Many people decide that when they get married they will take on the name of their spouse. Historically, many women have done this to take on their husband’s names. Although it is less common, any married individual can change their name to either spouse’s last name.
When paperwork for this change is not done quickly, and after marriage name change can conflict with certain legal procedures, such as registering to vote. Even when the bride is already registered to vote in their home state, county, or city, there can be complications if the individual enacts a name change without re-registering before the next election.
If a person does not notify the proper election officials about the name change, there could be issues verifying the person’s eligibility to vote. This is especially important on Election Day, when officials verify whether each person is registered to vote.
Although states govern over their voter registration laws, most states recognize that any name change requires re-registering of the person with the county. Depending on the local government, there may be re-registration forms online that can be filled out and given to the county clerk, or the forms can be filled out at the county clerk’s office.
These forms will require some basic information as if the person is registering for the first time. Common items needed include a state driver’s license, Social Security number, plus any particular item regarding proof of identity and residence the state or county wants from its voters.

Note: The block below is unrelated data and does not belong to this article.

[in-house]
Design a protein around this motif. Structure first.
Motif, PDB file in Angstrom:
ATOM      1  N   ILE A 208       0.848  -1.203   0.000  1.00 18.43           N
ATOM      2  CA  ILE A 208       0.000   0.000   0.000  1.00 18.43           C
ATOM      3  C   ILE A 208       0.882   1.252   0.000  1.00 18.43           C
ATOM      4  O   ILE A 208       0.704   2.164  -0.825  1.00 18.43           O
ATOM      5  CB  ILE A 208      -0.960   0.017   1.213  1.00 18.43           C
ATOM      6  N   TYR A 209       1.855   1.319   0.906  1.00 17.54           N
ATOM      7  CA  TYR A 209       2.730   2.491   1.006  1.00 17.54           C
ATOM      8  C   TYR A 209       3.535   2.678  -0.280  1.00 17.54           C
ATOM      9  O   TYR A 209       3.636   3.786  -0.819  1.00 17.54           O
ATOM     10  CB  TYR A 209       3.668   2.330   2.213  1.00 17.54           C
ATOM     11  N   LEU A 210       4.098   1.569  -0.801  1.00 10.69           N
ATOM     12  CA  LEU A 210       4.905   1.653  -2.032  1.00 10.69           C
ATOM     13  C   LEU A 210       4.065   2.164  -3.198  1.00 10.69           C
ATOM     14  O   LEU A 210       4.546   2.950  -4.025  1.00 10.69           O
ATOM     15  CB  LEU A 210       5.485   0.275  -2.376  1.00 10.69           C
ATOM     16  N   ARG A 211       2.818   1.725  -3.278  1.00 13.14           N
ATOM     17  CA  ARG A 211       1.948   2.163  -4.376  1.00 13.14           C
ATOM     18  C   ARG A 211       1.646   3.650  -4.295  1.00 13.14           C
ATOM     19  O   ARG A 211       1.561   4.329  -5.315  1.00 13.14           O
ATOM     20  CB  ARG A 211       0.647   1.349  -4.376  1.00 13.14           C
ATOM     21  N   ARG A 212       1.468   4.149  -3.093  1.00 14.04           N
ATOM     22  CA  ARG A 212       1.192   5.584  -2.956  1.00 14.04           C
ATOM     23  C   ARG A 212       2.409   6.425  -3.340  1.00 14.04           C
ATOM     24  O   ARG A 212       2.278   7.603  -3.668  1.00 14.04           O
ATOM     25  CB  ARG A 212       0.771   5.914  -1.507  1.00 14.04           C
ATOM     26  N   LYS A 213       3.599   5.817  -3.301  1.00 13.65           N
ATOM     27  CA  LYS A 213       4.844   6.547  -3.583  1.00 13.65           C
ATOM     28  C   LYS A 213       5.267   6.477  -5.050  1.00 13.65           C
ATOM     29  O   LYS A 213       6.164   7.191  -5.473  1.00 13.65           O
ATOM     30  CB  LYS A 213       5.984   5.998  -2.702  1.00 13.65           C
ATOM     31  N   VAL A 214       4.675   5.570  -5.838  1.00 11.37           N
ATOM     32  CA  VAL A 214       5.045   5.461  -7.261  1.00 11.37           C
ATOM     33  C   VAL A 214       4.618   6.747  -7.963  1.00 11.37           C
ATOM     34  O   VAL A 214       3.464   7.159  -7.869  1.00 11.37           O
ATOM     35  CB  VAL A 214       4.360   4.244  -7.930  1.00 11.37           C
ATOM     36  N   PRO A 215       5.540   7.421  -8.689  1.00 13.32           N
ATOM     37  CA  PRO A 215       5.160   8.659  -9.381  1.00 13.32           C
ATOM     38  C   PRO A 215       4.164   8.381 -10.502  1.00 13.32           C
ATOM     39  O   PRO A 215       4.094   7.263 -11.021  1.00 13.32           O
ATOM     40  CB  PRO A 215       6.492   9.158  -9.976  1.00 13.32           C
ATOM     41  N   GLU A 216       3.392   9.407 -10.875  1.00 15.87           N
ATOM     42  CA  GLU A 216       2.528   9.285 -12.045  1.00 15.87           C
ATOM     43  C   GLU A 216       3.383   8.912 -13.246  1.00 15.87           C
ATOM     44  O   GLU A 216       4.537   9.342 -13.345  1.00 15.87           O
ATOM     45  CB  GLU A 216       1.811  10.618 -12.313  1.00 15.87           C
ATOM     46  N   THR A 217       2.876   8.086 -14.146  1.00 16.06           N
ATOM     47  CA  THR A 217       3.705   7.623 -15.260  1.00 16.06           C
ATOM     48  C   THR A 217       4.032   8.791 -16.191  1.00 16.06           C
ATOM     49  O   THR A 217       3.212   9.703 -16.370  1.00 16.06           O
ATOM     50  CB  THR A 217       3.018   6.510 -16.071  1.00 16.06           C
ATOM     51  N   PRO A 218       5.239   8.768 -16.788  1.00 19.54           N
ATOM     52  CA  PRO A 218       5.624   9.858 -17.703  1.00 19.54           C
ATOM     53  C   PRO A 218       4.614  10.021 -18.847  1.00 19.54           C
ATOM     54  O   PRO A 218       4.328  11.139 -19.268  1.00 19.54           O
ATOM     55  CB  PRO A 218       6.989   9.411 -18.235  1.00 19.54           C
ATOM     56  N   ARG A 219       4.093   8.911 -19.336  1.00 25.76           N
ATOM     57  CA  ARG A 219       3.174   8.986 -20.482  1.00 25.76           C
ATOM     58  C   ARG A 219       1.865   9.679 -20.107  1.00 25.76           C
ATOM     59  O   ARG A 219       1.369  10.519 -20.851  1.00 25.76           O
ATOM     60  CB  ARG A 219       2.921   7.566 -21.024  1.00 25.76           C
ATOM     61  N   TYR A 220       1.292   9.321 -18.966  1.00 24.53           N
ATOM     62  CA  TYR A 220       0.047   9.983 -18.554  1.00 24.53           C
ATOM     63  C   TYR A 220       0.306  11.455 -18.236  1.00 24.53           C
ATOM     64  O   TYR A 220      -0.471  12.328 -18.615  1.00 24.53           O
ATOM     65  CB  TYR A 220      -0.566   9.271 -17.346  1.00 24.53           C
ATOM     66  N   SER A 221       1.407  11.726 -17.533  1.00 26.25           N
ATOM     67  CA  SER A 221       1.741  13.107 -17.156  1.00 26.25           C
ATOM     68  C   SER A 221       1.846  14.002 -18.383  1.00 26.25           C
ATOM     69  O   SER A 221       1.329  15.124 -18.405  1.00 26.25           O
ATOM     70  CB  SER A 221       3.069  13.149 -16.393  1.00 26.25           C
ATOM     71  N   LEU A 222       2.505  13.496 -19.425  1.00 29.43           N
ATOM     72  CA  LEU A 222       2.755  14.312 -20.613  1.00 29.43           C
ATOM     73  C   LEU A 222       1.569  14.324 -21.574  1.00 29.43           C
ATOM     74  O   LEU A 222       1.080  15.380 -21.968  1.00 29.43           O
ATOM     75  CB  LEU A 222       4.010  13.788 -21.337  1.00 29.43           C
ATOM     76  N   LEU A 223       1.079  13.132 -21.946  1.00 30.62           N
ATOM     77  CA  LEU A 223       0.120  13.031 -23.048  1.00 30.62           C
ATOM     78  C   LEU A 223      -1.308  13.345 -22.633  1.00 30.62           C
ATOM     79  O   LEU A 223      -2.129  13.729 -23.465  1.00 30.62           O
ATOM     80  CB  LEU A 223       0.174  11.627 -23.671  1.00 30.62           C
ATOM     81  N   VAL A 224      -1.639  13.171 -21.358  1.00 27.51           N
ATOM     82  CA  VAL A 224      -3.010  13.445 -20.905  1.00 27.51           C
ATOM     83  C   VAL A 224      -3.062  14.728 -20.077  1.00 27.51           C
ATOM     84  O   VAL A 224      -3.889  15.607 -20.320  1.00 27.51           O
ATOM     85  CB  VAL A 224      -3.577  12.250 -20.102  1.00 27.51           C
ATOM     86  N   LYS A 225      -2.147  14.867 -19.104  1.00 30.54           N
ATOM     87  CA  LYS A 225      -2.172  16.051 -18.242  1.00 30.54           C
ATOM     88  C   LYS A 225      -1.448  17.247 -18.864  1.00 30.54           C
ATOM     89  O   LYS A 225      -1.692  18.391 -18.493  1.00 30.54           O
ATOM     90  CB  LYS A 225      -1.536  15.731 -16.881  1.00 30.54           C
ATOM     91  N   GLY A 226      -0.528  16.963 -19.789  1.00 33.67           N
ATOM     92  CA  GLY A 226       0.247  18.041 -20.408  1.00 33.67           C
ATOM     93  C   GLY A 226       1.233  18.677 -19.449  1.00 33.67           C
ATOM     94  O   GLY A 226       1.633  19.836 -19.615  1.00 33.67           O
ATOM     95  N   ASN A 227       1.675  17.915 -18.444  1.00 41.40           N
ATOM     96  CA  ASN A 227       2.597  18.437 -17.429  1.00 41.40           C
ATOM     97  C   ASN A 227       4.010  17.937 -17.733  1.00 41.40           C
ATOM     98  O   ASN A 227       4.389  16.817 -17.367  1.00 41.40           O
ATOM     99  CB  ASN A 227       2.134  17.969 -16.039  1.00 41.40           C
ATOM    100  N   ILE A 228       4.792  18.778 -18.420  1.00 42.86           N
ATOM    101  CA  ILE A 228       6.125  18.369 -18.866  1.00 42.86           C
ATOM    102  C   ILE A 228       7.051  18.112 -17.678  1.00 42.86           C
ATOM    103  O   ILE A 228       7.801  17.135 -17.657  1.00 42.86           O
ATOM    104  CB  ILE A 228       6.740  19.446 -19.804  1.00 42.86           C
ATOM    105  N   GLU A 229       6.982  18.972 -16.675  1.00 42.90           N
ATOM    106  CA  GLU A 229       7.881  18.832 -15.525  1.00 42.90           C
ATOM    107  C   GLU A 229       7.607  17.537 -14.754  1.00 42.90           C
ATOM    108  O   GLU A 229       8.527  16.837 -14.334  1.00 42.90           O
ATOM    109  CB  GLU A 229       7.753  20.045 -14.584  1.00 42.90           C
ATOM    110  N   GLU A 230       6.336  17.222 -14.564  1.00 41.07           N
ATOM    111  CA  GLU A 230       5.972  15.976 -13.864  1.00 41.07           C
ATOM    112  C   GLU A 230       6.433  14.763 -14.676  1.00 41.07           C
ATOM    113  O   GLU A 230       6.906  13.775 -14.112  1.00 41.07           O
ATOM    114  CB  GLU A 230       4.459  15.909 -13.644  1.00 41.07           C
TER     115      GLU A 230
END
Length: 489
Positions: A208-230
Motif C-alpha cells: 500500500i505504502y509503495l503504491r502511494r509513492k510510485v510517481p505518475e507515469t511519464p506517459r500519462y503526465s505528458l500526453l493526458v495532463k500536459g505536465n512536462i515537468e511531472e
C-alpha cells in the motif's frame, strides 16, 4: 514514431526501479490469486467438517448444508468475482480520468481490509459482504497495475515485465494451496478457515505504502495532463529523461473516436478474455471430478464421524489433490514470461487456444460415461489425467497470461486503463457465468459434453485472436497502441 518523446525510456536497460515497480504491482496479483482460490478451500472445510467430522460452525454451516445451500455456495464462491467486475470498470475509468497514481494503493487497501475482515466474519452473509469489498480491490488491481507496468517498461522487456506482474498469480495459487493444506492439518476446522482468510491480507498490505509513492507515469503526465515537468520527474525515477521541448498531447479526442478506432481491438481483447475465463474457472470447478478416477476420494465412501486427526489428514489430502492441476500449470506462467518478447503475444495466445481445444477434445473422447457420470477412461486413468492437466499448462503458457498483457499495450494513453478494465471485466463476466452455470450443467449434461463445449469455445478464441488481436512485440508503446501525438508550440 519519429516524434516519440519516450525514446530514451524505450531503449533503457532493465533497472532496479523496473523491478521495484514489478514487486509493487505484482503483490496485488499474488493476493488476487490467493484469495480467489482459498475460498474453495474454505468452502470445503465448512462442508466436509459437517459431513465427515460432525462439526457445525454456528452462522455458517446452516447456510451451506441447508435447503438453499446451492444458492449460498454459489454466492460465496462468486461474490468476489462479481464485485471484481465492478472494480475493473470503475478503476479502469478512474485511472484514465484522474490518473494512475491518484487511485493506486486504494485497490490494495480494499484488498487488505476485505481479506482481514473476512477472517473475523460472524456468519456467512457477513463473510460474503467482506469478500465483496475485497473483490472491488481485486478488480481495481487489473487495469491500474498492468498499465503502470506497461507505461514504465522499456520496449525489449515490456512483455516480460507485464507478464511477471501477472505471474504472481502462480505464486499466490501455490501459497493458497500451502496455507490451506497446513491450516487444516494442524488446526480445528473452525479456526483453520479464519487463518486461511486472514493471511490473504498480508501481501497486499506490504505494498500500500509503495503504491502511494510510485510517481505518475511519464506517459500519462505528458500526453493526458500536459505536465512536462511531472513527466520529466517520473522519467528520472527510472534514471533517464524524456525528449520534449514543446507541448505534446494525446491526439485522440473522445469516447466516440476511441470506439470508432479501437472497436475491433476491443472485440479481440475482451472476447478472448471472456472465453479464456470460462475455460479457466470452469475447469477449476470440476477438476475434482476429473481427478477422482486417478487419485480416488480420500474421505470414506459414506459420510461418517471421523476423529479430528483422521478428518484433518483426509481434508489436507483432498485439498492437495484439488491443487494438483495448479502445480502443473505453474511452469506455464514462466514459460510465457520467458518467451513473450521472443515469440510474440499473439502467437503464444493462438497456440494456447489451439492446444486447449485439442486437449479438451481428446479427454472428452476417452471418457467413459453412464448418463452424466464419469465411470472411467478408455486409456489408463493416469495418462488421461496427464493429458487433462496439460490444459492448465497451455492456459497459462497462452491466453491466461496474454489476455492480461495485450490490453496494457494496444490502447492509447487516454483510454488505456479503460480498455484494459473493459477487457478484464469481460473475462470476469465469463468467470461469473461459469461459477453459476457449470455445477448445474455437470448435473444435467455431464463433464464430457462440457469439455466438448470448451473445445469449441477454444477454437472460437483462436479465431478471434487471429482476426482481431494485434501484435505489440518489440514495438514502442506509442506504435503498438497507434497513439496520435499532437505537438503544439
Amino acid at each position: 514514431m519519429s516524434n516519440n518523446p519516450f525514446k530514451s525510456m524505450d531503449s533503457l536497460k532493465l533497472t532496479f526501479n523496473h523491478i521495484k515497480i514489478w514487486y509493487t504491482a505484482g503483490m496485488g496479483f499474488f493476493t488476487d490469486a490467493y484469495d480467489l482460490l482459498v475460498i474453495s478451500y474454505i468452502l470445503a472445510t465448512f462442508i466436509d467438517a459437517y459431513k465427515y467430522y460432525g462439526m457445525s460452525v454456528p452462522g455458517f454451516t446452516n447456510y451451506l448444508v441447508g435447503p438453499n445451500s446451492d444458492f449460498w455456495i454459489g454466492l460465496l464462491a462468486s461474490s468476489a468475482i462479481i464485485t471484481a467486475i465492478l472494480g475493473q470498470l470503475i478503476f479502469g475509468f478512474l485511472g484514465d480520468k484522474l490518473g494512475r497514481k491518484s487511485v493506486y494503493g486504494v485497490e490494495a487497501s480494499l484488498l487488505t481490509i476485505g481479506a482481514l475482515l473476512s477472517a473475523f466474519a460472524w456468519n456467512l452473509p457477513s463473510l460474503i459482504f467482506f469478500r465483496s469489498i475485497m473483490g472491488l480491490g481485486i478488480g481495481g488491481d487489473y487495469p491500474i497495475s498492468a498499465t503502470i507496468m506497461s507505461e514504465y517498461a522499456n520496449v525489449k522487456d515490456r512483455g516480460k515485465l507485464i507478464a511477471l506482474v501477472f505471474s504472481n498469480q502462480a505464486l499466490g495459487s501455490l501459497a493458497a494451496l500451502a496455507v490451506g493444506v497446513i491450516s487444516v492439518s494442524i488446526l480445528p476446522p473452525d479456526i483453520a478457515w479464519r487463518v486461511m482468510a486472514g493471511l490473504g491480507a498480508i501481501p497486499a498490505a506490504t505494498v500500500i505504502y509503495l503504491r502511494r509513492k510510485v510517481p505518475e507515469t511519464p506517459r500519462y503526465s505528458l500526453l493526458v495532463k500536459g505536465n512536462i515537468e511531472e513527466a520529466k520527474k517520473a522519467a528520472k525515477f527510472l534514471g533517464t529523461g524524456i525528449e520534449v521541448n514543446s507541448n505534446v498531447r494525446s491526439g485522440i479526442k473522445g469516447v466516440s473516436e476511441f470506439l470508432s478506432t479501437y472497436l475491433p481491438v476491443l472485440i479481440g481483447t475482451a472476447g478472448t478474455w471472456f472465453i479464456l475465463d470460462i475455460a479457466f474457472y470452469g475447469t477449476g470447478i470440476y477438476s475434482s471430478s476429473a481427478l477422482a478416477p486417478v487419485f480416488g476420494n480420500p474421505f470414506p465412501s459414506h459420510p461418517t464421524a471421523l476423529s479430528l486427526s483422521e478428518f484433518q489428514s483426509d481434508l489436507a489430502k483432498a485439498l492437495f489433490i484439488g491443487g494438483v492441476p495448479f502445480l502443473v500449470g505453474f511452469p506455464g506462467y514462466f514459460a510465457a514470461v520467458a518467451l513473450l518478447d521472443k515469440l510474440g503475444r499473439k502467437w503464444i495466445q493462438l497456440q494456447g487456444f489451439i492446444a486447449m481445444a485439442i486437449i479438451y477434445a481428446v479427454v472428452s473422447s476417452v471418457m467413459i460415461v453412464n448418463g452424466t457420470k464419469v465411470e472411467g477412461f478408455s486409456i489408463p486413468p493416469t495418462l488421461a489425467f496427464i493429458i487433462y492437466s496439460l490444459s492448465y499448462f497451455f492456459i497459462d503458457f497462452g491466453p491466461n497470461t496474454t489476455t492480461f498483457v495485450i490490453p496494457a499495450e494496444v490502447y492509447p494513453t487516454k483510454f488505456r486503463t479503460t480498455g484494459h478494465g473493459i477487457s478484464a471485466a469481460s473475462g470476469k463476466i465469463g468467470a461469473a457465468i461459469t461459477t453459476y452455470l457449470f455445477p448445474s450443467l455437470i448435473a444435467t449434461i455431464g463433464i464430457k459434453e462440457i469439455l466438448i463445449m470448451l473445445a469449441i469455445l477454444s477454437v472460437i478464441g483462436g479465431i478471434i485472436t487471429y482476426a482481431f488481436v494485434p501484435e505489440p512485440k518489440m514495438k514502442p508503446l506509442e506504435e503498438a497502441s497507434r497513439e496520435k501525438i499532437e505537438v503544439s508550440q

For example, if Ms. Smith did become Mrs. Anderson, the Social Security account and the driver’s license must reflect this. Otherwise, the bride is going to the county clerk’s office registering as a completely different person.
Once the person gets all of their pertinent registration items up-to-date, then they can go to the county clerk’s offices with a filled-out registration form. Most registration forms will have options that give context to the registration. For example, the form might ask if the voter is re-registering and why.
In this case, the voter states that they had a marriage name change and will either sign a portion of the form or check a box that states “married/name change.” This connects Ms. Smith’s identity as a voter, especially their voting history and party affiliation, with that of Mrs. Anderson. Once the form is complete, the county clerk verifies the form, and the individual is now re-registered under their new name.